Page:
Urban wildlife bounty: Research reveals cities support a surprising wealth of species.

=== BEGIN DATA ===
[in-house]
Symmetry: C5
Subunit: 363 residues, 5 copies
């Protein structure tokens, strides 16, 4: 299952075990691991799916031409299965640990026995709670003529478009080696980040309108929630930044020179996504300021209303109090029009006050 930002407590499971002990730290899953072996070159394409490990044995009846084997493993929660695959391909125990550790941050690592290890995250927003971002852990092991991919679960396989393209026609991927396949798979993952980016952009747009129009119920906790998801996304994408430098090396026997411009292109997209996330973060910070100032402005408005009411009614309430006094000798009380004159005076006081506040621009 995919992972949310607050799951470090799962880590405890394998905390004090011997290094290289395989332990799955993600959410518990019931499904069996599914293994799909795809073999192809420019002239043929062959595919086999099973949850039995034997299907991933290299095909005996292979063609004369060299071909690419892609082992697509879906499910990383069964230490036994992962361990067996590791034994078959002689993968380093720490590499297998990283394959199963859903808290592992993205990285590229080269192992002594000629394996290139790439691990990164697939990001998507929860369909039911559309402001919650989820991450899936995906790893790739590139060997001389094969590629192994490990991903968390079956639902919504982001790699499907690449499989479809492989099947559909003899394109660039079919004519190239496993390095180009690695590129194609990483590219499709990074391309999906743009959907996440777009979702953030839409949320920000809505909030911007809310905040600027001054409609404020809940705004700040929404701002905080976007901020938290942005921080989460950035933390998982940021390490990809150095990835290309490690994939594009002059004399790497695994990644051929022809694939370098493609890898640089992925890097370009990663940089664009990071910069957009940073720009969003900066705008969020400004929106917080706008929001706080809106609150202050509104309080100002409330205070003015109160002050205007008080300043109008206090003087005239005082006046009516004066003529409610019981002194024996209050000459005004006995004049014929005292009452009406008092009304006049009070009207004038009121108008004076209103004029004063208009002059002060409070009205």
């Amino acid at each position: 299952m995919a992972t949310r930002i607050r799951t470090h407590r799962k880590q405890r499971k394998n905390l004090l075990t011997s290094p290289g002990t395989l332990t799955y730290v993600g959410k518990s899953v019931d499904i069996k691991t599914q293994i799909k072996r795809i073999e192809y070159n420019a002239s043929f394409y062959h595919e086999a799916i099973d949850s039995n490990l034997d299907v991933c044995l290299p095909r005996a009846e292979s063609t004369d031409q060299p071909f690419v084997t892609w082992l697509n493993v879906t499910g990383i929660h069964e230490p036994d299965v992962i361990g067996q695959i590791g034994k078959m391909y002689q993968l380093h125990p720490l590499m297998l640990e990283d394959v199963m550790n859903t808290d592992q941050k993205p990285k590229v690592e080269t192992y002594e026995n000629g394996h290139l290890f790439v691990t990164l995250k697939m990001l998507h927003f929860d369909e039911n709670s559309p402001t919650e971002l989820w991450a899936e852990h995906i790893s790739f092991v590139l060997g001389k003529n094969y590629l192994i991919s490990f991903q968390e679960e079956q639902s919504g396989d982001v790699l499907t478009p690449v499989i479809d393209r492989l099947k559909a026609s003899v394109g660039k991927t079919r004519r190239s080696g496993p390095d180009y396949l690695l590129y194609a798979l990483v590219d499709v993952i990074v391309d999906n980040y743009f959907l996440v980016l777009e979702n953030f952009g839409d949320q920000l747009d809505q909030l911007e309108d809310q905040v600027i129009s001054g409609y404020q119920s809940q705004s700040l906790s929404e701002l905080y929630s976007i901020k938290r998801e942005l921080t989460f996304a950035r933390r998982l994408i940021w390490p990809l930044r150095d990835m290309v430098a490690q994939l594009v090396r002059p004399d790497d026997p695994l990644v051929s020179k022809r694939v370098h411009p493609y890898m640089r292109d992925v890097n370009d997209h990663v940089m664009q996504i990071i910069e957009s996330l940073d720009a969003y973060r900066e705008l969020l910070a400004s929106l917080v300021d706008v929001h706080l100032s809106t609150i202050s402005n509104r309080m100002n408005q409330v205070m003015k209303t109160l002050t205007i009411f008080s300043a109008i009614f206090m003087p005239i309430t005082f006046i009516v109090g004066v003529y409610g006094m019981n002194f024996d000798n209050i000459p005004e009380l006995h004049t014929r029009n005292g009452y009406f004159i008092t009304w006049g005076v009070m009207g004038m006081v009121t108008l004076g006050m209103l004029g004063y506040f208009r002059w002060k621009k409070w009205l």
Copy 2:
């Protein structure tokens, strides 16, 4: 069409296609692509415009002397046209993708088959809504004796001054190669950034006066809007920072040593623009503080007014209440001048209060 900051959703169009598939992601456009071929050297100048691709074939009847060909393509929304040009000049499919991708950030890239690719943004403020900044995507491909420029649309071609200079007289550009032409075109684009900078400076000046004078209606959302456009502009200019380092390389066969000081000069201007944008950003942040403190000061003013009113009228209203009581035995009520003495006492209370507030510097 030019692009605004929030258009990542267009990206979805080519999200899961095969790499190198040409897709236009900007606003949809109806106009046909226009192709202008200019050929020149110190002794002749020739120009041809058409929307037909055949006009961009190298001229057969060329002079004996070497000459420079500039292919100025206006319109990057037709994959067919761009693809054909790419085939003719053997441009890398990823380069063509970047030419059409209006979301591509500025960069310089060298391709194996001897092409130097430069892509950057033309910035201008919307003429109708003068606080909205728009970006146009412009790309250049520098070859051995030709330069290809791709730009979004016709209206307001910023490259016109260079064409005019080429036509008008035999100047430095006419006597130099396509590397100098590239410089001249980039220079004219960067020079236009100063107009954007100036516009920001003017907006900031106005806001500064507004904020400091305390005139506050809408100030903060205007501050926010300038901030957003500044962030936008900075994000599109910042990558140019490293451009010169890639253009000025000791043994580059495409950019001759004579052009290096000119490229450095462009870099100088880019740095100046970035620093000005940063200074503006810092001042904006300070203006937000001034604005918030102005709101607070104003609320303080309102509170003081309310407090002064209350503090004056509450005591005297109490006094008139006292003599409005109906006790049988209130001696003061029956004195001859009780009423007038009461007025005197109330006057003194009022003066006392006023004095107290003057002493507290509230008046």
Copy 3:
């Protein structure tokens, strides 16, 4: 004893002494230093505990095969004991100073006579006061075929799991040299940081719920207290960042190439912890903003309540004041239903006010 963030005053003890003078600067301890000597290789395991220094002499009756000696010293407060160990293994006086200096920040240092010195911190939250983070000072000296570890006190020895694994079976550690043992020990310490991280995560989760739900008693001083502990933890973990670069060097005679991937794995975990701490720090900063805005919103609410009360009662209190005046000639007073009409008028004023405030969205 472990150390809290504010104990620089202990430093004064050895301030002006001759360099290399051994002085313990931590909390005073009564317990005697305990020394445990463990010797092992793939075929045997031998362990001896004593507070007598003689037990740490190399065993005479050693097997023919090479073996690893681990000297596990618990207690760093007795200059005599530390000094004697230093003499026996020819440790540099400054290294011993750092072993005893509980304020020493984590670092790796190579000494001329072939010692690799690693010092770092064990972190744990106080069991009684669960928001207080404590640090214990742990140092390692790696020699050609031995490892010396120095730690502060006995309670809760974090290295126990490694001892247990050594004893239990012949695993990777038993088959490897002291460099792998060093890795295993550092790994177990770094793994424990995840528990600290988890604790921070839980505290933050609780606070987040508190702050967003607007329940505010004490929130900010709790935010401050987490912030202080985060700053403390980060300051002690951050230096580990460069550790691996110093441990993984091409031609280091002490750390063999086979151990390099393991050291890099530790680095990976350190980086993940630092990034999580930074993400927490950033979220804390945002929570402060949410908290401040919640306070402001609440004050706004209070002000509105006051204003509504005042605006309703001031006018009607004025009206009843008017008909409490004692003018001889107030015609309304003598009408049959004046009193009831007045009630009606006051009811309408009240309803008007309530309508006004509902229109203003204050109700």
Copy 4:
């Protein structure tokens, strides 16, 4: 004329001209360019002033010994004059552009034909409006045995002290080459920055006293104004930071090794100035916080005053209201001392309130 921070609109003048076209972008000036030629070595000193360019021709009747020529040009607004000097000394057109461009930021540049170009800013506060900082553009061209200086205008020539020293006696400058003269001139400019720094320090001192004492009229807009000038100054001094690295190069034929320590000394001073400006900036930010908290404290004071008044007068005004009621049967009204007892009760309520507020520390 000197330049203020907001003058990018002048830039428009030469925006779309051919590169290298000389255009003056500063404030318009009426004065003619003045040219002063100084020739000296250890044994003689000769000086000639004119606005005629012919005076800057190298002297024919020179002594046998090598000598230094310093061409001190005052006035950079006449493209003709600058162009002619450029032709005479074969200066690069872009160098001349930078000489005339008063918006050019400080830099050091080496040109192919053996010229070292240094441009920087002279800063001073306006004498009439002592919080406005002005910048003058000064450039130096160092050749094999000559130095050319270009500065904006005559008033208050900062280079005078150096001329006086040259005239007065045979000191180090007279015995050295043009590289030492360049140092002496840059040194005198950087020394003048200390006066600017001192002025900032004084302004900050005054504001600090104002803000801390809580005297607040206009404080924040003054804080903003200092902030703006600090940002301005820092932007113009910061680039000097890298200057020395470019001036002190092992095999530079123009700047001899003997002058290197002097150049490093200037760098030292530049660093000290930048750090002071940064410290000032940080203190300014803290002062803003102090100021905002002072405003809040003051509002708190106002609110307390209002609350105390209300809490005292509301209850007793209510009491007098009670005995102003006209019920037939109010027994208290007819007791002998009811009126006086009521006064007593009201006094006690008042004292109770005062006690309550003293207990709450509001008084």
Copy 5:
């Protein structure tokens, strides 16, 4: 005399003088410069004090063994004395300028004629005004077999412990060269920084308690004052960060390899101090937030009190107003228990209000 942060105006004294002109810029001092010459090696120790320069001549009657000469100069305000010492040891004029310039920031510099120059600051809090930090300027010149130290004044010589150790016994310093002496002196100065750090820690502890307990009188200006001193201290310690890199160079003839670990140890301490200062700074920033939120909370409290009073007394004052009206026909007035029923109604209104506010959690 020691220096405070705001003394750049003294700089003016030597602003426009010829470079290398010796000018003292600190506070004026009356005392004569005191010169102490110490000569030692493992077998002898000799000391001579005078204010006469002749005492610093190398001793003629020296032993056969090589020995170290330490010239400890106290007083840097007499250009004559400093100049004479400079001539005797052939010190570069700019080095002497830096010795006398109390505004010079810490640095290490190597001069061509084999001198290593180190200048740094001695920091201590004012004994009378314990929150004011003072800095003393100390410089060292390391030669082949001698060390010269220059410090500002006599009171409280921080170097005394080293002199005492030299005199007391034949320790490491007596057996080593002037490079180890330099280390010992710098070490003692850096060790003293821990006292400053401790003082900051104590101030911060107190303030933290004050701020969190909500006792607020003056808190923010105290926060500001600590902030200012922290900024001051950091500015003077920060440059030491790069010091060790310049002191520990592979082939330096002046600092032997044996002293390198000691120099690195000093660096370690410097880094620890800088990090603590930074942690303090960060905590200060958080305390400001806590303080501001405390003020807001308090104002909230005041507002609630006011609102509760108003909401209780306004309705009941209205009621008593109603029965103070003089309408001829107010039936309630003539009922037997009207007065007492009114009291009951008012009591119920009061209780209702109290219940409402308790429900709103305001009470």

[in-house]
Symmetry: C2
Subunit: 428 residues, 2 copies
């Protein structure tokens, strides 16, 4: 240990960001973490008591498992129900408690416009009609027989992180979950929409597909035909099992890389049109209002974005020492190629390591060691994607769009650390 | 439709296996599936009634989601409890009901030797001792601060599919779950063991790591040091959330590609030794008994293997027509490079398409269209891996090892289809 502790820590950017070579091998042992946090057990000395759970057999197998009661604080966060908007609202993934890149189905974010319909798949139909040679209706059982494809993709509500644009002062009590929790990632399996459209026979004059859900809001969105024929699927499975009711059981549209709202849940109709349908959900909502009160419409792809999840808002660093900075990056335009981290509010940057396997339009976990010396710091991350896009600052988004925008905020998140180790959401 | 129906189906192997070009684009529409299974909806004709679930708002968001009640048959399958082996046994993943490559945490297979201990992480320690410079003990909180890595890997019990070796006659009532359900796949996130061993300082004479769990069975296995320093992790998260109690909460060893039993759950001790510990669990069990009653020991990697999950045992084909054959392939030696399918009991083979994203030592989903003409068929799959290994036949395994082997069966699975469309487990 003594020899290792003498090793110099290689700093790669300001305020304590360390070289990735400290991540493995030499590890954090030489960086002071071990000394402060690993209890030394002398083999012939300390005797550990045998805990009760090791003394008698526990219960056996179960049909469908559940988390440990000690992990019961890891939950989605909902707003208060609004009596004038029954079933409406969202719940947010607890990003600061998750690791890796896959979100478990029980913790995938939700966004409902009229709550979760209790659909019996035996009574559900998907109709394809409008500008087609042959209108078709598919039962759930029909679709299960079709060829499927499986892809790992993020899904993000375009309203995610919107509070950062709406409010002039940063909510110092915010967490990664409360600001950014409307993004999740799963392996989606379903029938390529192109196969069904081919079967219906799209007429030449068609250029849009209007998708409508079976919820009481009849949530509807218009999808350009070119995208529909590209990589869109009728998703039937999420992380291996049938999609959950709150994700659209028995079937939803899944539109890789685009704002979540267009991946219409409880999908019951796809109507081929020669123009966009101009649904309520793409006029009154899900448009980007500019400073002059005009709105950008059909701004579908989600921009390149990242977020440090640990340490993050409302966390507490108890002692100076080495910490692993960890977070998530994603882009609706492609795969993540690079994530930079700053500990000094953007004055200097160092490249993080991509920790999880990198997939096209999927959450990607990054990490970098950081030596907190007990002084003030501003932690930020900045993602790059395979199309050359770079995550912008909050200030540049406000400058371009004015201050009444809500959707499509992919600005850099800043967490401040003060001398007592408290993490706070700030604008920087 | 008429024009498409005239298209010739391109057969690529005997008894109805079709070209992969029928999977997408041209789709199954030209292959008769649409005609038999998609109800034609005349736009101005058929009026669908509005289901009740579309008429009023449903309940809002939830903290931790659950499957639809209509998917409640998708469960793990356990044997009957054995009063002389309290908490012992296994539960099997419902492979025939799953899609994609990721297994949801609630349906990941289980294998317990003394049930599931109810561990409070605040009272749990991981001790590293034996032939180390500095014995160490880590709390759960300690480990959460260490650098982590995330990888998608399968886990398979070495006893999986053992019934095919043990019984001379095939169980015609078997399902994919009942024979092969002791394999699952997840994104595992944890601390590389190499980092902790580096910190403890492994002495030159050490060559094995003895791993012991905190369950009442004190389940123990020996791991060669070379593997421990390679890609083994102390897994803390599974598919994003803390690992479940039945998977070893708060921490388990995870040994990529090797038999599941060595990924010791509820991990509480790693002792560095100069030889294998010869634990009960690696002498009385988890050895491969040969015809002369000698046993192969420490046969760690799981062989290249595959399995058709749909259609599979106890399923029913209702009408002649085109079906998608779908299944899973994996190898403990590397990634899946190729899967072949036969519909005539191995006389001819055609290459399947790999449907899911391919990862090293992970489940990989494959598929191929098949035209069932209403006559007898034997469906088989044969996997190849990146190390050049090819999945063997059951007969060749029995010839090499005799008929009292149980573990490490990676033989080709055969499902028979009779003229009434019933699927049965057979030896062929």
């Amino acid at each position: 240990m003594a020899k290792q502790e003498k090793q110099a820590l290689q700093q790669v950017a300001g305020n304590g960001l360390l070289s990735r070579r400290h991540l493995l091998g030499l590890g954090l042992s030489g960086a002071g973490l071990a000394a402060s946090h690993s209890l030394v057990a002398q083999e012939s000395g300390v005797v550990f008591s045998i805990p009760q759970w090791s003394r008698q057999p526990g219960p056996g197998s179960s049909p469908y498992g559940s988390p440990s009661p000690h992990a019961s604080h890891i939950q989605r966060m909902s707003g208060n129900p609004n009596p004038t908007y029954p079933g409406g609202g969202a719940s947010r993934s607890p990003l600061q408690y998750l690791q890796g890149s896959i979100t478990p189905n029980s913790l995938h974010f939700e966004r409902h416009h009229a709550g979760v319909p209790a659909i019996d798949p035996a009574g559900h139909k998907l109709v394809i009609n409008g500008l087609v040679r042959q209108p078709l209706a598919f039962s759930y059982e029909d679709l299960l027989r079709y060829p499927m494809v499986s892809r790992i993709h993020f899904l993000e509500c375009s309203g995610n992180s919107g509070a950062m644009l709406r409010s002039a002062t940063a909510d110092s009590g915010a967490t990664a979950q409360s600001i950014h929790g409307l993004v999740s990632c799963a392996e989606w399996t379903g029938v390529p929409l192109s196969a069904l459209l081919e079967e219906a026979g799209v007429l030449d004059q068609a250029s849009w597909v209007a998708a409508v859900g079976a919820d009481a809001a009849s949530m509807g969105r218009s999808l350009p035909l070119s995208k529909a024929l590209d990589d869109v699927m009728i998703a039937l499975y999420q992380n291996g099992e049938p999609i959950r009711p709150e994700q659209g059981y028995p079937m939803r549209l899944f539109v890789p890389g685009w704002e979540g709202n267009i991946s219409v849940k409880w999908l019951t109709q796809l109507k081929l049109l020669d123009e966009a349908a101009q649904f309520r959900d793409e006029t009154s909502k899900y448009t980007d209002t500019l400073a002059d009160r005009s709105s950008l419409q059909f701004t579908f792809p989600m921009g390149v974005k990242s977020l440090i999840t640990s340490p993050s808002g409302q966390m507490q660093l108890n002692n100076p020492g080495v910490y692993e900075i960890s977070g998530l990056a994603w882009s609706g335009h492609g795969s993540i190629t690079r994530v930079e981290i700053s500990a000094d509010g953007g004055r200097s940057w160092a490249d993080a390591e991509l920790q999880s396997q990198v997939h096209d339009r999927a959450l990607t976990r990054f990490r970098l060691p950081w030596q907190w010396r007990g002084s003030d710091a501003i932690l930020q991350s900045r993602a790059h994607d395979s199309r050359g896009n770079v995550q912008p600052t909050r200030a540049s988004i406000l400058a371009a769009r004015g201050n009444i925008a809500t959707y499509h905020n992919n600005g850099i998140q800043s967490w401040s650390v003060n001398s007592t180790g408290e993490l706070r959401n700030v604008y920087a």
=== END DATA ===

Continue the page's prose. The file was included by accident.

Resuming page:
“Everyone assumes that because of globalization, cities are all the same in terms of the plants and animals you find there—mostly rats and pigeons,” Myla Aronson says as we stroll. “It is true that biodiversity is much lower in cities than in undisturbed habitats. But it’s much greater than we expected.” Aronson is a Rutgers University scientist who is the lead researcher on a groundbreaking study of biodiversity in cities across the globe—a study that refutes what she calls the myth of biotic homogenization. (2015) National Wildlife.